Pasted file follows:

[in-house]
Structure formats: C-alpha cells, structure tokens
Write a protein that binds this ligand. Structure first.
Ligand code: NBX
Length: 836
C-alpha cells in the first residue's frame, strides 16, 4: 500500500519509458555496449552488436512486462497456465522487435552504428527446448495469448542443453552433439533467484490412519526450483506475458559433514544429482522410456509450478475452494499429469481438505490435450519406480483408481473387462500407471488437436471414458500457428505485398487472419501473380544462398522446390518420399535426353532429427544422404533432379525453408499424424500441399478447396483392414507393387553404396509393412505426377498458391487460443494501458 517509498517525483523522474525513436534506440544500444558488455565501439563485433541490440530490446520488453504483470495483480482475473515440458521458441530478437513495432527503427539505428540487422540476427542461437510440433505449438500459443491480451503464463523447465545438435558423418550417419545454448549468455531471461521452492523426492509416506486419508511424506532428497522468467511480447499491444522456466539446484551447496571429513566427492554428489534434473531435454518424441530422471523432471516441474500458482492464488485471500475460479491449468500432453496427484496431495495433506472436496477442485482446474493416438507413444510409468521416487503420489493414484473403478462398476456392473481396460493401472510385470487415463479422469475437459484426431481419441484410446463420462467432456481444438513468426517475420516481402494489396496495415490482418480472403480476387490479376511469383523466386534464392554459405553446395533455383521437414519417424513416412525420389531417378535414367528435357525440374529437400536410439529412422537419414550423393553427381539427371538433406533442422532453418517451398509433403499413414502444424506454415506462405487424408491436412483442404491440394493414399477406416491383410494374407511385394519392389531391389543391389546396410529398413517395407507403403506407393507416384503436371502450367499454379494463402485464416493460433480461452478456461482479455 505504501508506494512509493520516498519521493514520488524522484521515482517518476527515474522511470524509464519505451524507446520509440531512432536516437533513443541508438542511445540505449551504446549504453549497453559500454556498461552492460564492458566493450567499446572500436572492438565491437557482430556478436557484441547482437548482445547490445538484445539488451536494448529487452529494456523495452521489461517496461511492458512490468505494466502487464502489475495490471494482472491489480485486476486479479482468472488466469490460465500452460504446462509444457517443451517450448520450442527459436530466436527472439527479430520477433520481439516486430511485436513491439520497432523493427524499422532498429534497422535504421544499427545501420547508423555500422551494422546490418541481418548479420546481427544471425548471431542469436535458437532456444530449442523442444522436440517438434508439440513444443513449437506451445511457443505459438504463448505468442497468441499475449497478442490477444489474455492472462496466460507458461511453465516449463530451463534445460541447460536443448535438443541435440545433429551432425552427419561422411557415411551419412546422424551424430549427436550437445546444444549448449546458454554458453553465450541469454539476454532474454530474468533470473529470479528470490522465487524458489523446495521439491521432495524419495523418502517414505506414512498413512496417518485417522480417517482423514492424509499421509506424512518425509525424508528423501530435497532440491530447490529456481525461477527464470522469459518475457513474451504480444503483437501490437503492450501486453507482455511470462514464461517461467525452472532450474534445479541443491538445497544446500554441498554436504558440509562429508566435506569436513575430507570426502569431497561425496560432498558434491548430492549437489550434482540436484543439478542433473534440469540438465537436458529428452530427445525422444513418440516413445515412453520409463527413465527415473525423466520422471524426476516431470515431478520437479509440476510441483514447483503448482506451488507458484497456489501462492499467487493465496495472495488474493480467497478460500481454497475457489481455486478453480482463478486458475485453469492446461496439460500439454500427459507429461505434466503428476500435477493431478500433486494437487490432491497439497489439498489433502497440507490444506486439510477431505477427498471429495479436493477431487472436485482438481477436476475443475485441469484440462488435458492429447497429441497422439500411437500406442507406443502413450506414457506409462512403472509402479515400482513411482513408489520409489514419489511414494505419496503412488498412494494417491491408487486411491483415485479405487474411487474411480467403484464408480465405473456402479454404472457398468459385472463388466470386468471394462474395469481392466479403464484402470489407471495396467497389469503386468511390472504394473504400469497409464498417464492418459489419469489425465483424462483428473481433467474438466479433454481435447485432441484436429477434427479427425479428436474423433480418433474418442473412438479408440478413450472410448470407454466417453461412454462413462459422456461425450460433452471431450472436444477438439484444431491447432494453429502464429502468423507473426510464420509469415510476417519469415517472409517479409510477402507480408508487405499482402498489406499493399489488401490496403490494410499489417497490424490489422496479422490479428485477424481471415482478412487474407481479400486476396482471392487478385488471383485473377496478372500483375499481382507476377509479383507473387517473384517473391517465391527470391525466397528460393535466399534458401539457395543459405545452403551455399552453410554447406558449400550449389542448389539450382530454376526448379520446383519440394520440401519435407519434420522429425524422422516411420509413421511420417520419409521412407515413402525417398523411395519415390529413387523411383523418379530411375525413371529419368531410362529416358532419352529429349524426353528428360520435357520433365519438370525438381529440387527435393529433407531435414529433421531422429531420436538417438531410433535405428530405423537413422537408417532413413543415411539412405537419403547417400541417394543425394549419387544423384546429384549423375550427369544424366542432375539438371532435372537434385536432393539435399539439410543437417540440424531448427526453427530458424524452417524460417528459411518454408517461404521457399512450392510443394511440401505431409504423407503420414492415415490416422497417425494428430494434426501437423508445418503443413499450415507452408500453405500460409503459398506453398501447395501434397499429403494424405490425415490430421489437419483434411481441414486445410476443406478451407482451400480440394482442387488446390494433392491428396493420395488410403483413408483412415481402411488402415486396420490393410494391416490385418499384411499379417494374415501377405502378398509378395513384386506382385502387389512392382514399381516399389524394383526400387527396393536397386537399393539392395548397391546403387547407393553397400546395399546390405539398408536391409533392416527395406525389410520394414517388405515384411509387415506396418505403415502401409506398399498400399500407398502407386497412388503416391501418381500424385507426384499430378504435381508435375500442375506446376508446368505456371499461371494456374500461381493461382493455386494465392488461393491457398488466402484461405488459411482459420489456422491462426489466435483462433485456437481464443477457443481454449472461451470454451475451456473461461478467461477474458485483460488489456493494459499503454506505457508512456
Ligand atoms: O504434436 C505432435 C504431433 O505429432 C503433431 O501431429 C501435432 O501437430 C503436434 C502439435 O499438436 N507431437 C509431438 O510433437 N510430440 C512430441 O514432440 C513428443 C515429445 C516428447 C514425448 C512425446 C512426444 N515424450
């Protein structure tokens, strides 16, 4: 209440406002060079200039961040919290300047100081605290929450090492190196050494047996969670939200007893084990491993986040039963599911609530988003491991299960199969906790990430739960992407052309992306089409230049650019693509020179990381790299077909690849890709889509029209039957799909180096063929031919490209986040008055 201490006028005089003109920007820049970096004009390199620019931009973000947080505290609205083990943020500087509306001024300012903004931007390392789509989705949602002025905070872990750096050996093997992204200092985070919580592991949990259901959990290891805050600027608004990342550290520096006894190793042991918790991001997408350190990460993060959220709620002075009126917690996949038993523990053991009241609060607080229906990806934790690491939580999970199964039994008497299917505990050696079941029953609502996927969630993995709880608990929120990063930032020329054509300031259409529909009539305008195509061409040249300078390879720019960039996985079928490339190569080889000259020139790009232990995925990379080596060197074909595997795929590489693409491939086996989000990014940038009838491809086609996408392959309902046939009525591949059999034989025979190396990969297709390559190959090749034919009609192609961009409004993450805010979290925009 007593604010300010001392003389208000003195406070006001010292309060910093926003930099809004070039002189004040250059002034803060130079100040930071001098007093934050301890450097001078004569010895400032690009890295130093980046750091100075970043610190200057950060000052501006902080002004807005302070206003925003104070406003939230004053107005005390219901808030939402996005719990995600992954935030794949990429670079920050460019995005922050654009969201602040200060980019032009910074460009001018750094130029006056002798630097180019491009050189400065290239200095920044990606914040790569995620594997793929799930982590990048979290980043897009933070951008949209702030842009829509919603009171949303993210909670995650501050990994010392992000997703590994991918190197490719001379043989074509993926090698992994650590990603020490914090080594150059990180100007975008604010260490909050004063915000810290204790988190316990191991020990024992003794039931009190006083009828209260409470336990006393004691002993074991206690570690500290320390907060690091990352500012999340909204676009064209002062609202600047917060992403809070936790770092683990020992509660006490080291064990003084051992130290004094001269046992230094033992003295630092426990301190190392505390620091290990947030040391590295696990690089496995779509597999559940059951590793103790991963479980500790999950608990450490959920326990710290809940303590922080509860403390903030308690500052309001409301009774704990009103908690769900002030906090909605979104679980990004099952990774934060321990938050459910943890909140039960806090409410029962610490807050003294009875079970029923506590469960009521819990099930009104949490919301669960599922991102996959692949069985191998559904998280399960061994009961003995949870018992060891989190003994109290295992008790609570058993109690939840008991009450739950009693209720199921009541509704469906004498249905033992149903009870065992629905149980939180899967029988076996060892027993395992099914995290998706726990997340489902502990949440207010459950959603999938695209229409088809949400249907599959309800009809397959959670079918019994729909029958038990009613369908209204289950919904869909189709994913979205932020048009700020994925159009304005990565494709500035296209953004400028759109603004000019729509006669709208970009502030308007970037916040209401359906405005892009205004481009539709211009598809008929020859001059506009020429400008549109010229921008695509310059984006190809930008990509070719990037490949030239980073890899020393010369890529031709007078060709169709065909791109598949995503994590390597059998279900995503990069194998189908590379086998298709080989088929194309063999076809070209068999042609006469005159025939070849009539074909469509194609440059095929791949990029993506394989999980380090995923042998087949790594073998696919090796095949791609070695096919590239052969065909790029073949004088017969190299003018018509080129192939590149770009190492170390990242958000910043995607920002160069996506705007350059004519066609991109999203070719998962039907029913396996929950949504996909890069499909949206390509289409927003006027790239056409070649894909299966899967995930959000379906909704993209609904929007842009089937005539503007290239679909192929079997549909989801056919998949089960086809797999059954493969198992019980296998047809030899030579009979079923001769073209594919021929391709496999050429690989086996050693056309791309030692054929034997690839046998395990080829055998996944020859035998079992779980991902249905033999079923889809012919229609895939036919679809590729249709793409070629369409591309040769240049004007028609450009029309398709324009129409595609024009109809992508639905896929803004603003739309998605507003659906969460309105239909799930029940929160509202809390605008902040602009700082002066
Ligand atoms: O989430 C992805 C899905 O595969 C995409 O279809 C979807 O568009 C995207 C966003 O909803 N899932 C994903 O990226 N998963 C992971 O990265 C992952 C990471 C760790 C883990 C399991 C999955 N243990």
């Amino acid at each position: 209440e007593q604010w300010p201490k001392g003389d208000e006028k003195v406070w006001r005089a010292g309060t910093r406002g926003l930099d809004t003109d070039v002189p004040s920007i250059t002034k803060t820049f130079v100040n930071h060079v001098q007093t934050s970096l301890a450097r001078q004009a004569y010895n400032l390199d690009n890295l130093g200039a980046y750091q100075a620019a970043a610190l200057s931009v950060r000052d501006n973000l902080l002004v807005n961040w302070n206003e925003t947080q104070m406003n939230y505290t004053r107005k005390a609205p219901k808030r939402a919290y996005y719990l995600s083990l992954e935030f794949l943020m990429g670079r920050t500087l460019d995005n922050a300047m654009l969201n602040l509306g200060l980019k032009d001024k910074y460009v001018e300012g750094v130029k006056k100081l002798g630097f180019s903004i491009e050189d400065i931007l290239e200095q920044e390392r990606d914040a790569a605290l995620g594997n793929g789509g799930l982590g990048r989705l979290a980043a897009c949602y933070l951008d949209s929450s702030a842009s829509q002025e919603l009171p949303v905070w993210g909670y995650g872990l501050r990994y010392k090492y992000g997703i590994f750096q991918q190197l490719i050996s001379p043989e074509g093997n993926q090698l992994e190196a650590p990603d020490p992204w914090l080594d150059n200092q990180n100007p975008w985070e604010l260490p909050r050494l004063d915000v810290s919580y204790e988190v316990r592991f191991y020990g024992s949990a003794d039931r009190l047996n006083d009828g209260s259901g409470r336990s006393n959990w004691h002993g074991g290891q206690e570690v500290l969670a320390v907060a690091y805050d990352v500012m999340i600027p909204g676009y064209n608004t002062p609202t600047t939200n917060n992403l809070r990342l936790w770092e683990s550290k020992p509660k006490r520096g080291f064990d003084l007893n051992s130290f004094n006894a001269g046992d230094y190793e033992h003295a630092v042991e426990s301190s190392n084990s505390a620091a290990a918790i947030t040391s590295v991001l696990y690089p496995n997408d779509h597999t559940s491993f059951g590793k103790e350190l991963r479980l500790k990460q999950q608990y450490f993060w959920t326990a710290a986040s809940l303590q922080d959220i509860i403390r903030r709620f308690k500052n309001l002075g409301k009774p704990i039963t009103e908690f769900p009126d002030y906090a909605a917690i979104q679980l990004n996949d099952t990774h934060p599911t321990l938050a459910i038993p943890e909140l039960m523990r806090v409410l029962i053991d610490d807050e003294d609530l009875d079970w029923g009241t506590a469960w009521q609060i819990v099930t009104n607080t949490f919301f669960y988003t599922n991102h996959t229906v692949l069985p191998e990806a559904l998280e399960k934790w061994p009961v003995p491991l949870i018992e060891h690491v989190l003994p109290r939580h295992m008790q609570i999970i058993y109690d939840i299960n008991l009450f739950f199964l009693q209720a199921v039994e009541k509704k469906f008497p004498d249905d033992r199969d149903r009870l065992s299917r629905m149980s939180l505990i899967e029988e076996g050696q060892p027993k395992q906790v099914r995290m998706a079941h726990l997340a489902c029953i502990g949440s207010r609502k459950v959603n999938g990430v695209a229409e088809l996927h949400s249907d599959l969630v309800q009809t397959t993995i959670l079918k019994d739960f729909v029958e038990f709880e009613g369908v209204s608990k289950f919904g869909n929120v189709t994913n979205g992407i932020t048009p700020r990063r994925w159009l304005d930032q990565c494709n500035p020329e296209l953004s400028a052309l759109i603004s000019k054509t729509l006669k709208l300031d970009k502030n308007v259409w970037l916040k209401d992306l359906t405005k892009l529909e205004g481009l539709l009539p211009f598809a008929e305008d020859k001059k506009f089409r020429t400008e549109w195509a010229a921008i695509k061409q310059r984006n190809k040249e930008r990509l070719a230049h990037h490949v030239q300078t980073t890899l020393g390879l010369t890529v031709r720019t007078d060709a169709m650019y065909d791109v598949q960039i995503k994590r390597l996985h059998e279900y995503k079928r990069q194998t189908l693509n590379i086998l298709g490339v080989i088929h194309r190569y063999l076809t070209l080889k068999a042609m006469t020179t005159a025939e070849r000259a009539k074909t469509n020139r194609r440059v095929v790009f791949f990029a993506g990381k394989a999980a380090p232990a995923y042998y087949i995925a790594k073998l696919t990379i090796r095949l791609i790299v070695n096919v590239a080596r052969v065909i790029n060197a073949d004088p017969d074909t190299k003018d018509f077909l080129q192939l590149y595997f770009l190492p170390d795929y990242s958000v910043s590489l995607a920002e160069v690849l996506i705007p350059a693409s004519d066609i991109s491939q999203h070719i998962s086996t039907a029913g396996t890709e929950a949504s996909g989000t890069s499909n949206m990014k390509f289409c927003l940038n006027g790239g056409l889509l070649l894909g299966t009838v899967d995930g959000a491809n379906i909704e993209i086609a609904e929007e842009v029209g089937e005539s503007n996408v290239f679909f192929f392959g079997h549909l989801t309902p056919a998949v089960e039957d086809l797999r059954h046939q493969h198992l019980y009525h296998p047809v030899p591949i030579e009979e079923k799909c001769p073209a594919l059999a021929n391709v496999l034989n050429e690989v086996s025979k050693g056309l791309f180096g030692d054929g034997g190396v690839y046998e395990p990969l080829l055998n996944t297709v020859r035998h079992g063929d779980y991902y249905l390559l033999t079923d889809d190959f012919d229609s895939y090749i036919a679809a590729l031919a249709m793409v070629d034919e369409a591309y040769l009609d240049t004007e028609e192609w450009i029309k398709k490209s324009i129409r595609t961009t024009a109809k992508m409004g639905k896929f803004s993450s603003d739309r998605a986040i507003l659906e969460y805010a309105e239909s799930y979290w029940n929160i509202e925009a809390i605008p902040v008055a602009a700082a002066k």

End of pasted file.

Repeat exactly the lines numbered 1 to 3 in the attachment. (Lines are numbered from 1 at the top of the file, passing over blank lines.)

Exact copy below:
[in-house]
Structure formats: C-alpha cells, structure tokens
Write a protein that binds this ligand. Structure first.